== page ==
"I'm giving up piety for Lent."

Saturday, March 03, 2007

Higher Than the Angels

I've been thinking about Dad an awful lot this winter. As spring break approaches, I'll sometimes think about going to Florida to visit him. And then I'll remember that he's dead.

The guy who watches me shave every morning looks more and more like the guy who used to dandle me on his knee, and tuck me in at night, and kneel by my bed to pray for me when I was sick. Is it any wonder then that after having watched my Dad stop breathing, and held his hand as his soul left his body that I have been thinking an awful lot about my own mortality?

I've already written on the tragedy of death (A Good Word). But I mentioned something in that piece that I think needs further elucidation. I wrote "But I don't believe, and my Dad didn't believe that the story ended with the banishment of Adam and Eve from Paradise. The Uncreated One came into the world to restore all of creation. The Creator of Man became a man to redeem all men. The Deathless One endured death to destroy death. Adam and Eve are not the end of the story. Jesus is." What did I mean by that?

At the time, I'm sure I was thinking merely of the eternal life that Jesus brought into the world, that death was not the end. But recently I've been thinking about the awesome goodness and power of God. Originally, He made us a little lower than the angels. We messed that up, preferring instead to be merely animals. But God, through His assumption of our human nature, death and resurrection, has improved on His original design by making us partakers of His divine nature. In the end, through the grace of God, we are all capable of being raised higher than the angels.

Is there suffering and pain and death in the meantime (a very long meantime)? Of course, but God has made, is making, will make it better, much better than Adam and Eve had it. Incomparably better. Indescribably better.

The other night I was listening to an interview with a recently widowed woman who was struggling with her grief and her faith that God could work even this out for good. She said that in order to keep herself together she sometimes walks around the house yelling to herself, "God is in control. He knows what He's doing. Help me to trust You, God." But I'm sure that even if she had had perfect faith, it would still hurt. Even Jesus wept at the death of a friend.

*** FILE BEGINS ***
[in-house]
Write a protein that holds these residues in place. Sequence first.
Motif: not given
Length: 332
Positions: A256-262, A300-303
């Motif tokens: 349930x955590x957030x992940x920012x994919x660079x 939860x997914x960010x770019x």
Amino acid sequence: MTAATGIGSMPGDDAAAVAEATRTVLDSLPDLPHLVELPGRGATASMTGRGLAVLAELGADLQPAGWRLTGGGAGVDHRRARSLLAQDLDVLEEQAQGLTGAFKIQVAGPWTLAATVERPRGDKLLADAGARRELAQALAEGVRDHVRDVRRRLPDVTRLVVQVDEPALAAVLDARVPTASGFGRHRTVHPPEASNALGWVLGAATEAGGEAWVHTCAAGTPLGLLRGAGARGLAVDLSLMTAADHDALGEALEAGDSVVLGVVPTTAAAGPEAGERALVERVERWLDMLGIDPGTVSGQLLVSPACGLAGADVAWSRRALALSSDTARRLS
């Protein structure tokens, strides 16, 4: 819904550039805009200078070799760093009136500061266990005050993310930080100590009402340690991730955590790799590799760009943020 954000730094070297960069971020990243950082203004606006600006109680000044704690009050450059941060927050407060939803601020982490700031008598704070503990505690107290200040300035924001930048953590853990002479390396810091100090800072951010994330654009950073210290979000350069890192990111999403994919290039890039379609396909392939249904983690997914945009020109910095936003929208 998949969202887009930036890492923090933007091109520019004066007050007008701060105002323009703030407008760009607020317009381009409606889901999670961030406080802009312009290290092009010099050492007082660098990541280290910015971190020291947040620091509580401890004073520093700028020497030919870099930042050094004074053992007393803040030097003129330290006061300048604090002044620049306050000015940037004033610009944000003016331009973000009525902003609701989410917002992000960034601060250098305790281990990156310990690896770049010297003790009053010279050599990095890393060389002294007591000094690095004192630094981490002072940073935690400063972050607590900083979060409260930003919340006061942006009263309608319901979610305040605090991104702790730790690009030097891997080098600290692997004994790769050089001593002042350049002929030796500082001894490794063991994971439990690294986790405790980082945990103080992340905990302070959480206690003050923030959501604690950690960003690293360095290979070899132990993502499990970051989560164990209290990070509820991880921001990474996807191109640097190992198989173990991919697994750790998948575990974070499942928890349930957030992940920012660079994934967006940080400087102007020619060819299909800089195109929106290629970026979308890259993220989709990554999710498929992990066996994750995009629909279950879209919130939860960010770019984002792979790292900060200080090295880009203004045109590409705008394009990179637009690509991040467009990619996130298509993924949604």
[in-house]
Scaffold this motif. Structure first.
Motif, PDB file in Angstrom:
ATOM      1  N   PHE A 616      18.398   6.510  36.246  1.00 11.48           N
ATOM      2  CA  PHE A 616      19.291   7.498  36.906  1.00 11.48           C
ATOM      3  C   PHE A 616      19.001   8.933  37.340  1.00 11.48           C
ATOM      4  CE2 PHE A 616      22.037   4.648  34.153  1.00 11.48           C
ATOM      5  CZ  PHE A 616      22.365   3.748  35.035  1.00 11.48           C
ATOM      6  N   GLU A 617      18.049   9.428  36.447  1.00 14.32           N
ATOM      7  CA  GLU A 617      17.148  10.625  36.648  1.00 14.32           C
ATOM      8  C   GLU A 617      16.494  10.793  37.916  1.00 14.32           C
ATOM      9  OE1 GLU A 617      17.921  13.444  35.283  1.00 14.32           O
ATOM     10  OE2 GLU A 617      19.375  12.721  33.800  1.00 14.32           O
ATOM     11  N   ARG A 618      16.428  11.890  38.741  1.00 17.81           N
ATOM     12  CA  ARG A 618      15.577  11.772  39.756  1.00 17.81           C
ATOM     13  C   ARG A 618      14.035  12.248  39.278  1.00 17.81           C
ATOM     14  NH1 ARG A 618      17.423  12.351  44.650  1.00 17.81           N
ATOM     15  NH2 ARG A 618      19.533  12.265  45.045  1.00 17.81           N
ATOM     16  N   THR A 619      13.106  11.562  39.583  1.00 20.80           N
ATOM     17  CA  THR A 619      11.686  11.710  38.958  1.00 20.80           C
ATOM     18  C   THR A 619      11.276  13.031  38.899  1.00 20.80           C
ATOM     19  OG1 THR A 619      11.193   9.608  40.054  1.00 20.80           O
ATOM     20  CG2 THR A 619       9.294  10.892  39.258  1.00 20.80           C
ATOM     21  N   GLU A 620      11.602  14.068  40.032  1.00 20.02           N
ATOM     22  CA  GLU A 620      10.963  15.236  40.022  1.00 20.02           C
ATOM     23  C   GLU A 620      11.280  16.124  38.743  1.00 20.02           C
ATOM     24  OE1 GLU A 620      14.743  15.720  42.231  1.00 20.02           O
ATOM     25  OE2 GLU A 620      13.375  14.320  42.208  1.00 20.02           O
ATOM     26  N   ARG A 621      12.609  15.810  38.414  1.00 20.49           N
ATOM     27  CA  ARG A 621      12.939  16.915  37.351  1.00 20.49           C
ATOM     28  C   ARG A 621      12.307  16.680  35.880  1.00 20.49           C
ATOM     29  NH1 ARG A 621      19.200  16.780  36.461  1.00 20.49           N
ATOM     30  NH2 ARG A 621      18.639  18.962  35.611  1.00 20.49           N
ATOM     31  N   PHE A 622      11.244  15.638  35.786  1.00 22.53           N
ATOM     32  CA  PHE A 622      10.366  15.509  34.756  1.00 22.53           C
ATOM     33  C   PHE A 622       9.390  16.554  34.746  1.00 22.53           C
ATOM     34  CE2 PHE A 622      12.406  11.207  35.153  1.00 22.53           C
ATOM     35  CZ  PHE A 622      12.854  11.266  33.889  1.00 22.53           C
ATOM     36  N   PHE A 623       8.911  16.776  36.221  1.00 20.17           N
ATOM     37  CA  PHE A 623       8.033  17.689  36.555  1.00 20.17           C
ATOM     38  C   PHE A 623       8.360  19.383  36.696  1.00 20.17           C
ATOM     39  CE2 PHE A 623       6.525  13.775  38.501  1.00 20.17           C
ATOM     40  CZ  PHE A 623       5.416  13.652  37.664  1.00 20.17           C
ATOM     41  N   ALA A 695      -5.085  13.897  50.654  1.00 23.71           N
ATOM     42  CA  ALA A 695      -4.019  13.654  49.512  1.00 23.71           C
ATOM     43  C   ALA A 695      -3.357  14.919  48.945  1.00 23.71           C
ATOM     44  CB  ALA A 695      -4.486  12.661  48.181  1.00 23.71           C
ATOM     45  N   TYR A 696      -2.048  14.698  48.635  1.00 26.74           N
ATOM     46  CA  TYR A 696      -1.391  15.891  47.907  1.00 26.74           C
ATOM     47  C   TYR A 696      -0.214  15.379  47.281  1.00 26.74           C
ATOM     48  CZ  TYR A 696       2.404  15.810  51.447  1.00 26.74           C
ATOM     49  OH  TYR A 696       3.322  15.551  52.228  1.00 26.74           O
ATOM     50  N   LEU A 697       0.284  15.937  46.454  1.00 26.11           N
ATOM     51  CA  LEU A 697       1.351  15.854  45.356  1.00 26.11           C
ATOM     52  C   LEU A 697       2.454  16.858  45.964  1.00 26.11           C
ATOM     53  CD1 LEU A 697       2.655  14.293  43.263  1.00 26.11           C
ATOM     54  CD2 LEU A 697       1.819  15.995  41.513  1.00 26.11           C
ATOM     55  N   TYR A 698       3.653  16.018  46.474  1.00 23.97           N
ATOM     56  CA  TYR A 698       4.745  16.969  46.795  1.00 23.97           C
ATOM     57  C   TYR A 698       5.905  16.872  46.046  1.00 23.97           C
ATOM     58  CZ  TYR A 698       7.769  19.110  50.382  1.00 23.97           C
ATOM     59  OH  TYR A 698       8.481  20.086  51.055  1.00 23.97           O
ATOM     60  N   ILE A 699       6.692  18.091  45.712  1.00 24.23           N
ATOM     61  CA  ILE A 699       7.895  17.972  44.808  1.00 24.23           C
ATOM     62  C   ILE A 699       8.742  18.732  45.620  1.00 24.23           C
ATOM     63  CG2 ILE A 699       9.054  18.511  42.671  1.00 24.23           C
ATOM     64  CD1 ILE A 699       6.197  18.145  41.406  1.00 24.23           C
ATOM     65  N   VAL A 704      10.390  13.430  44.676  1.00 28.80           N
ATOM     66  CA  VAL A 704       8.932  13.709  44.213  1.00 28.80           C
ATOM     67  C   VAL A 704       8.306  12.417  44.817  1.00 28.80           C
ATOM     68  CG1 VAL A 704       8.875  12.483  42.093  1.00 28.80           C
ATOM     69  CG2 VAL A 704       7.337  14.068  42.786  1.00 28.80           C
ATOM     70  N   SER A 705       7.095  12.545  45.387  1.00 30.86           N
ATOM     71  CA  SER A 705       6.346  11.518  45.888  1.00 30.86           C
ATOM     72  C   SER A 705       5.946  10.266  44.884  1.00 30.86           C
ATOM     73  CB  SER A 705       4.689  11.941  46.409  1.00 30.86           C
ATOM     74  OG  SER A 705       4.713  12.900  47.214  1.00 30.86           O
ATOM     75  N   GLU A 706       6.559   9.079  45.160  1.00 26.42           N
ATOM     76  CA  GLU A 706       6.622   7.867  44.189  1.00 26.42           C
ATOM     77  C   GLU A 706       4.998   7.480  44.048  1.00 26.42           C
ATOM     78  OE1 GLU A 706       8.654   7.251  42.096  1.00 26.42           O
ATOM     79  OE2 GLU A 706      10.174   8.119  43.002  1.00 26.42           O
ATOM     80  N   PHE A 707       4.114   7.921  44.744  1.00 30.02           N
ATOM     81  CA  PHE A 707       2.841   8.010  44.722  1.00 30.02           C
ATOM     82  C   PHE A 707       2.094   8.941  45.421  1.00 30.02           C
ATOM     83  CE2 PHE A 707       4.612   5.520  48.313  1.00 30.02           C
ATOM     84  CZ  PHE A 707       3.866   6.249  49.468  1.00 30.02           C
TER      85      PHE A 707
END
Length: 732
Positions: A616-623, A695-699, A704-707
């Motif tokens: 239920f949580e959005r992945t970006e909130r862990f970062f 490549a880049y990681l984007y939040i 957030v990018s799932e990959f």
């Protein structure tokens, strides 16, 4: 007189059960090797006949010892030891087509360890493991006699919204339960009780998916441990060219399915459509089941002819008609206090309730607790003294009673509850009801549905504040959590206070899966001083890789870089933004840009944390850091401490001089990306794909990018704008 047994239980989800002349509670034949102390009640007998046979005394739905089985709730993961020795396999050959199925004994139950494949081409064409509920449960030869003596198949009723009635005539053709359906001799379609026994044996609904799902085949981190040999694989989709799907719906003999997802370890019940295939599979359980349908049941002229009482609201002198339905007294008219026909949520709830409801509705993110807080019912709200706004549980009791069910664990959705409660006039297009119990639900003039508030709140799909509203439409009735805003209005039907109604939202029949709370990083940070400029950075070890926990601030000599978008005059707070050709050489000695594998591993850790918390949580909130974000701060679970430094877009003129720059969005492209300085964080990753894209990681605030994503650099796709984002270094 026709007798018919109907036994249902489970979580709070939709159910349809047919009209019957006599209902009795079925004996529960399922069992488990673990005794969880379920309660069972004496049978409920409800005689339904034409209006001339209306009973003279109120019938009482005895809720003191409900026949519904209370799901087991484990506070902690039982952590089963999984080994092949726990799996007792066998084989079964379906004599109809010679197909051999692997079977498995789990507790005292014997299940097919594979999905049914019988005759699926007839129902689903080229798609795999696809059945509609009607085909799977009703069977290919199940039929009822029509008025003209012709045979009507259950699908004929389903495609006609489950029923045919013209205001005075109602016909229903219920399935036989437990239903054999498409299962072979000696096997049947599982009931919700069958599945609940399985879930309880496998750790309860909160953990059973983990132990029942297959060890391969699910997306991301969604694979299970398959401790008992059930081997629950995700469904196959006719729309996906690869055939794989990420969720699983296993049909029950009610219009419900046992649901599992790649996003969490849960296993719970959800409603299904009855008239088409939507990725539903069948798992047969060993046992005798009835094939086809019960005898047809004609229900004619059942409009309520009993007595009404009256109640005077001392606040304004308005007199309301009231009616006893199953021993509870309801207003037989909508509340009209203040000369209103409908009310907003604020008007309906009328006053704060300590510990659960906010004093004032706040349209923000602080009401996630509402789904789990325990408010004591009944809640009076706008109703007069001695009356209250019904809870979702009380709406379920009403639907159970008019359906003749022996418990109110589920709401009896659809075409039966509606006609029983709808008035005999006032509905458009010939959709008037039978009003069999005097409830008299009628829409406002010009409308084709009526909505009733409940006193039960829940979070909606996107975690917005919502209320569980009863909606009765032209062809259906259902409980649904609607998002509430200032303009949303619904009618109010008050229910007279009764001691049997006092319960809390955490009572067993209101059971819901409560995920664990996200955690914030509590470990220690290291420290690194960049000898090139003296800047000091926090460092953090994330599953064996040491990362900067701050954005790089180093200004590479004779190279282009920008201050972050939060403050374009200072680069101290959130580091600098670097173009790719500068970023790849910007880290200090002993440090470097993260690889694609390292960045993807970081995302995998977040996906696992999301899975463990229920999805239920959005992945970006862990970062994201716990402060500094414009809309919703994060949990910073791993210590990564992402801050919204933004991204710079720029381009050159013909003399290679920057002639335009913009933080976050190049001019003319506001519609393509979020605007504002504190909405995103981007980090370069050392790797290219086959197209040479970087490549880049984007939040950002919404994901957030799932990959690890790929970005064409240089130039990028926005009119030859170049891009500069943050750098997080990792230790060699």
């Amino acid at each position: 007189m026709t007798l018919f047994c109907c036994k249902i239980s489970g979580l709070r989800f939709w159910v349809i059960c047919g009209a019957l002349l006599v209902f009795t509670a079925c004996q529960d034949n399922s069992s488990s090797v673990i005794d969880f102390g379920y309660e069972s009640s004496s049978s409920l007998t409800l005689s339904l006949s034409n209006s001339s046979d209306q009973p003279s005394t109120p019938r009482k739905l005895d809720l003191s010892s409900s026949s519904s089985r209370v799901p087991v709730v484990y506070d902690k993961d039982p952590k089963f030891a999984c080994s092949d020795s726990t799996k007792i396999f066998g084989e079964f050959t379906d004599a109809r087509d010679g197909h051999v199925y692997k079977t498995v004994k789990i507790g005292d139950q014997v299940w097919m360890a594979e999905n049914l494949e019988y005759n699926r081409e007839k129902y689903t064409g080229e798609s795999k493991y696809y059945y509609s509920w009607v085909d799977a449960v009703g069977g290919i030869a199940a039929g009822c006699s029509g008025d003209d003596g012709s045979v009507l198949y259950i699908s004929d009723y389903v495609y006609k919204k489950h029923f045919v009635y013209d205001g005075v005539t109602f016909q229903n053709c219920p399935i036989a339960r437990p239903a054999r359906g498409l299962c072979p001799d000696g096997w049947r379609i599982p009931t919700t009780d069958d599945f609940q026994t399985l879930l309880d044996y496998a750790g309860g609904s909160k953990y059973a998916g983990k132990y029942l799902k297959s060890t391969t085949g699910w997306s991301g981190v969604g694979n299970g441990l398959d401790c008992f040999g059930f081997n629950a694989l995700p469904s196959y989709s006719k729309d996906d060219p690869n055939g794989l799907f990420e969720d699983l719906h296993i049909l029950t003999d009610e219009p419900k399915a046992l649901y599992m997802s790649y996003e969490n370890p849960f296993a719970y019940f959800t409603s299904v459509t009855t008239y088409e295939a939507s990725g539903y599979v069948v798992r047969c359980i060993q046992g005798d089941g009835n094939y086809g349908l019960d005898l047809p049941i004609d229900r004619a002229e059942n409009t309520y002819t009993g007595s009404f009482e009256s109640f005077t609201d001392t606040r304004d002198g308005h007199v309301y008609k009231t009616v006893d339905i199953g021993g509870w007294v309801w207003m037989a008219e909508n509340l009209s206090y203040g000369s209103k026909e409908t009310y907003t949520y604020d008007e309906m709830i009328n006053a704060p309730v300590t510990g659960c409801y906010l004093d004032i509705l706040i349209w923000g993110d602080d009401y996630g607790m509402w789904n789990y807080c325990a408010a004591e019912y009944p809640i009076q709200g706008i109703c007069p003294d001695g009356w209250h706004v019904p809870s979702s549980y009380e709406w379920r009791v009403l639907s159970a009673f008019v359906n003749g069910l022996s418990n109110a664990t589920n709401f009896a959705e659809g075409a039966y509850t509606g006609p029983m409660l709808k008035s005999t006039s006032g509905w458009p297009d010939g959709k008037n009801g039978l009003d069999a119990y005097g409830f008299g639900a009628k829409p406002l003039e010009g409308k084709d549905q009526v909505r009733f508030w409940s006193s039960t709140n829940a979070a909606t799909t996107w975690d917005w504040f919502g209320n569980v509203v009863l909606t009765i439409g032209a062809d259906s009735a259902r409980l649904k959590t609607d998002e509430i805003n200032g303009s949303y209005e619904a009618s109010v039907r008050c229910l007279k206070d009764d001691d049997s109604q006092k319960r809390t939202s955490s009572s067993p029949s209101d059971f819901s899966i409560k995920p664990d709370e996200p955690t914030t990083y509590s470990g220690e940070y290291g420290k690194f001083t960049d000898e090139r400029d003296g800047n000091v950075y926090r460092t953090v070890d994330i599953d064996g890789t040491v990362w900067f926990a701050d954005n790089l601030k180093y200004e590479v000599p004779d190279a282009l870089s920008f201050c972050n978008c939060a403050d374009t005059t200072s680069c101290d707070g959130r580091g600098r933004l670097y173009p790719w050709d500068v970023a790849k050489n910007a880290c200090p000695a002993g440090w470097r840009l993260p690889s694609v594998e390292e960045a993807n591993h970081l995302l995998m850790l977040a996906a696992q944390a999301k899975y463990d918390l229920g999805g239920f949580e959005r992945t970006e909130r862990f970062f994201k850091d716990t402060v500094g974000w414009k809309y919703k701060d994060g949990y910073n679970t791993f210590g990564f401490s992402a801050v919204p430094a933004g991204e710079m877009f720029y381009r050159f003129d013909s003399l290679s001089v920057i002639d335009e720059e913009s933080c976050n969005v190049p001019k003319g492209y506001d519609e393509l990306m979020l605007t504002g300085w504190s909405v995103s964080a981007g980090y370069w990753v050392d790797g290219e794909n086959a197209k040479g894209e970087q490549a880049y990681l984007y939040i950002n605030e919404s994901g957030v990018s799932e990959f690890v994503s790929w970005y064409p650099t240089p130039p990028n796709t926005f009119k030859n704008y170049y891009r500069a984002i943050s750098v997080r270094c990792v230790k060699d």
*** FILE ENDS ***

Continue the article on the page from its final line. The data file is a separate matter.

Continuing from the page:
First Things First

"Putting first things first is the key to the health of second things. Beauty is a second thing: it is very good, but not as good as moral goodness. And the worship of "art for art's sake" will destroy not only true worship but also art...."

"But this way of putting it is misleading, as if beauty and goodness were separate entities that could in principle clash. Rather, beauty is one of the more important forms of goodness, beauty is very good. And goodness is the highest form of beauty: the most beautiful thing in the world is a saint. Both goodness and beauty are eternal and essential attributes of Ultimate Reality, the One God, and therefore are ultimately one."

-Peter J. Kreeft, The Philosophy of Tolkien

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Thursday, March 01, 2007

Quote of the Day

"I need only look as far as my own heart to find the source of all the violence in the world."